4. 4. Sauvant P,Feart C, Sauvant J, Pallet V. Vitamin A and cognitive impairment. In: Diet and Nutrition in Dementia and Cognitive Decline. Advances in Clinical Neuroscience and Rehabilitation; 2015. pp. 623-635. Available from:https://linkinghub.elsevier.com/retrieve/pii/B9780124078246000586
  5. 5. Shearer KD, Stoney PN, Morgan PJ, McCaffery PJ. A vitamin for the brain. Trends in Neurosciences. 2012;35(12):733-741
  6. 6. Blomhoff R, Blomhoff HK. Overview of retinoid metabolism and function. Journal of Neurobiology. 2006;66(7):606-630
  7. 7. Koppaka V, Thompson DC, Chen Y, Ellermann M, Nicolaou KC, Juvonen RO, et al. Aldehyde dehydrogenase inhibitors: A comprehensive review of the pharmacology, mechanism of action, substrate specificity, and clinical application. The American Society for Pharmacology and Experimental Therapeutics. Pharmacological Reviews. 2012;64(3):520-539
  8. 8. Schilling TF, Nie Q , Lander AD. Dynamics and precision in retinoic acid morphogen gradients. Current Opinion in Genetics and Development. 2012;22(6):562-569
  9. 9. Chatzi C, Brade T, Duester G. Retinoic acid functions as a key GABAergic differentiation signal in the basal ganglia. PLoS Biology. 2011;9(4):e1000609
  10. 10. Occhi G, Regazzo D, Albiger NM, Ceccato F, Ferasin S, Scanarini M, et al. Activation of the dopamine receptor Type-2 (DRD2) promoter by 9-cis retinoic acid in a cellular model of Cushing’s disease mediates the inhibition of cell proliferation and ACTH secretion without a complete corticotroph-to-melanotroph transdifferentiation. Endocrinology. 2014;155(9):3538-3549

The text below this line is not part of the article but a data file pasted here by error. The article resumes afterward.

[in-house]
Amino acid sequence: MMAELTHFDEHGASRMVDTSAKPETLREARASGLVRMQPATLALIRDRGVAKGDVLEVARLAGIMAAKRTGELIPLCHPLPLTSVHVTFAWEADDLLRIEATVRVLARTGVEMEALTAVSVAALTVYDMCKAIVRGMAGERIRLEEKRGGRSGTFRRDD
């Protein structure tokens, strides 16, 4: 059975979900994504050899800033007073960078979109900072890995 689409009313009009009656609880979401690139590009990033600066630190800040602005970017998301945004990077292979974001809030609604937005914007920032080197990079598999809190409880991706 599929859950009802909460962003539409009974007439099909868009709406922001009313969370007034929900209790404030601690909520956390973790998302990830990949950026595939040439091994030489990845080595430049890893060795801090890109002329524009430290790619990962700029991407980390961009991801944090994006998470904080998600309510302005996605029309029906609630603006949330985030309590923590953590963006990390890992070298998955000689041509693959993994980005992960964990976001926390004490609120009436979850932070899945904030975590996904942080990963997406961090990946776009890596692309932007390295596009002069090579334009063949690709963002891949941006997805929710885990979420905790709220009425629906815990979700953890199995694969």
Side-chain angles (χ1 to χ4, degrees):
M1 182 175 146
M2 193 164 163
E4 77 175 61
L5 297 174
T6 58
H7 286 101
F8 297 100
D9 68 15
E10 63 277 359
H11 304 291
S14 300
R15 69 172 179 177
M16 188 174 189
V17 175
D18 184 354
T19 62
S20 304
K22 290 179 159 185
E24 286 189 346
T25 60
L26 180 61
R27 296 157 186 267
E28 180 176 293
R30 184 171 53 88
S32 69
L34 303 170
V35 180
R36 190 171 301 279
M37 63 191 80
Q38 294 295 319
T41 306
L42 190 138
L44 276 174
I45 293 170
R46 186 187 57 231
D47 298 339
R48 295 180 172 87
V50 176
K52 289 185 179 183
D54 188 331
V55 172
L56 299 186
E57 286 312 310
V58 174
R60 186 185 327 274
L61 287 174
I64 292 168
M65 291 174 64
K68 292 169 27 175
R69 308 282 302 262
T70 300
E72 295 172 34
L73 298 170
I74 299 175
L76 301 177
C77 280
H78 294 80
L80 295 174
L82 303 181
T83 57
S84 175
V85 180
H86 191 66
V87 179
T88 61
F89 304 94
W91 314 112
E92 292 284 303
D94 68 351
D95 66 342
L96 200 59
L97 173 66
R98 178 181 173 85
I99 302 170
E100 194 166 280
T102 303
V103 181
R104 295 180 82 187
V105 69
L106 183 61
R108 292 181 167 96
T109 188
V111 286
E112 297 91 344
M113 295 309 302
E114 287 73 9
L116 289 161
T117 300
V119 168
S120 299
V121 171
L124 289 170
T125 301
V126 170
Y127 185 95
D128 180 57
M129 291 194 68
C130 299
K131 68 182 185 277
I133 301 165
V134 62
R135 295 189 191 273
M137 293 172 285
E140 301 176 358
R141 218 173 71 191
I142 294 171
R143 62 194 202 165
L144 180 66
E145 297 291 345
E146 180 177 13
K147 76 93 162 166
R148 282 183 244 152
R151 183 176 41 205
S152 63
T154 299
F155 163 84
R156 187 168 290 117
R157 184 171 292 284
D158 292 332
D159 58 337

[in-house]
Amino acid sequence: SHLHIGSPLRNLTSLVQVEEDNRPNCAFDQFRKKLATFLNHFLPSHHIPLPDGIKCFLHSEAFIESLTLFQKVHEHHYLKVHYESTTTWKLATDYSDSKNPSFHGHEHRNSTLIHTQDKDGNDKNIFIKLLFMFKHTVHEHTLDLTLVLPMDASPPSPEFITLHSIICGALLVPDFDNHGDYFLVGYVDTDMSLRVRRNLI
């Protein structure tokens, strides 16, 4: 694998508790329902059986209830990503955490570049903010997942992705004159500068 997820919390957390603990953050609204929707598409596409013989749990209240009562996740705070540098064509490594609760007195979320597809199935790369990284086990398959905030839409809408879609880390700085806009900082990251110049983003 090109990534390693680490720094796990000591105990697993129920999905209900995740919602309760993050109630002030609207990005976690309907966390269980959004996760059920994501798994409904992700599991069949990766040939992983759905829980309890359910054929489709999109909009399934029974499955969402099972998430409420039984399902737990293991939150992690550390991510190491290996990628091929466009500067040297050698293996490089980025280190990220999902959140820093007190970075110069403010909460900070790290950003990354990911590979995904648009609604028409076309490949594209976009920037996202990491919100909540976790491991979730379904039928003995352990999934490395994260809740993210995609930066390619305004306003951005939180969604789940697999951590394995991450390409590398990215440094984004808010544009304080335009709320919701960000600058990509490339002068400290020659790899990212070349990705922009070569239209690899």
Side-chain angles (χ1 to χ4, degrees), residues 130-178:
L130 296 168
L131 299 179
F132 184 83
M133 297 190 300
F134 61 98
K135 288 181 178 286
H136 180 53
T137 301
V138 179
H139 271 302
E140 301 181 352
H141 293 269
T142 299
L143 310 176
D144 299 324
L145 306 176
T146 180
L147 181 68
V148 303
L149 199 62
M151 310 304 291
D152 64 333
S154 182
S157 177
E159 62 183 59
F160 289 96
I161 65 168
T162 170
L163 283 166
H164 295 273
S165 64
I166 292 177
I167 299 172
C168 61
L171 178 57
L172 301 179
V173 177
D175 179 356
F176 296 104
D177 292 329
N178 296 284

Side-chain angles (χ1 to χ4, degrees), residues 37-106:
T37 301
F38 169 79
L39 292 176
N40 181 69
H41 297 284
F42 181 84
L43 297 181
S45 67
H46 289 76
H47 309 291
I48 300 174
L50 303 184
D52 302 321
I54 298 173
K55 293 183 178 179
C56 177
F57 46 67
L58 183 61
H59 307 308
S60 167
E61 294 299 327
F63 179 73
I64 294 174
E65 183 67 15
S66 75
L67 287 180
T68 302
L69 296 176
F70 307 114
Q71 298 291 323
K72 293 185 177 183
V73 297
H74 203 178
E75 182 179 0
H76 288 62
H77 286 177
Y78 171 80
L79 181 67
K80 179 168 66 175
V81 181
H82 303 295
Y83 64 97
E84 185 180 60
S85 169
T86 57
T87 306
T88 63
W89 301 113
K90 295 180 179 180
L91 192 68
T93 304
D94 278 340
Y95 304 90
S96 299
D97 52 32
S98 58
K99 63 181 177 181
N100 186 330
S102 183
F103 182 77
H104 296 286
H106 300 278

11. 11. Pedrini S, Bogush A, Ehrlich ME. Phosphatidylinositide 3-kinase and protein kinase C zeta mediate retinoic acid induction of DARPP-32 in medium size spiny neurons in vitro. Journal of Neurochemistry. 2008;106(2):917-924
  12. 12. Podleśny-Drabiniok A, Sobska J, de Lera AR, Gołembiowska K, Kamińska K, Dollé P, et al. Distinct retinoic acid receptor (RAR) isotypes control differentiation of embryonal carcinoma cells to dopaminergic or striatopallidal medium spiny neurons. Scientific Reports. 2017;7(1):13671
  13. 13. Rataj-Baniowska M, Niewiadomska-Cimicka A, Paschaki M, Szyszka-Niagolov M, Carramolino L, Torres M, et al. Retinoic acid receptor β controls development of Striatonigral projection neurons through FGF-dependent and Meis1-dependent mechanisms. Journal of Neuroscience: The Official Journal of the Society for Neuroscience. 2015;35(43):14467-14475
  14. 14. Lane MA, Bailey SJ. Role of retinoid signalling in the adult brain. Progress in Neurobiology. 2005;75(4):275-293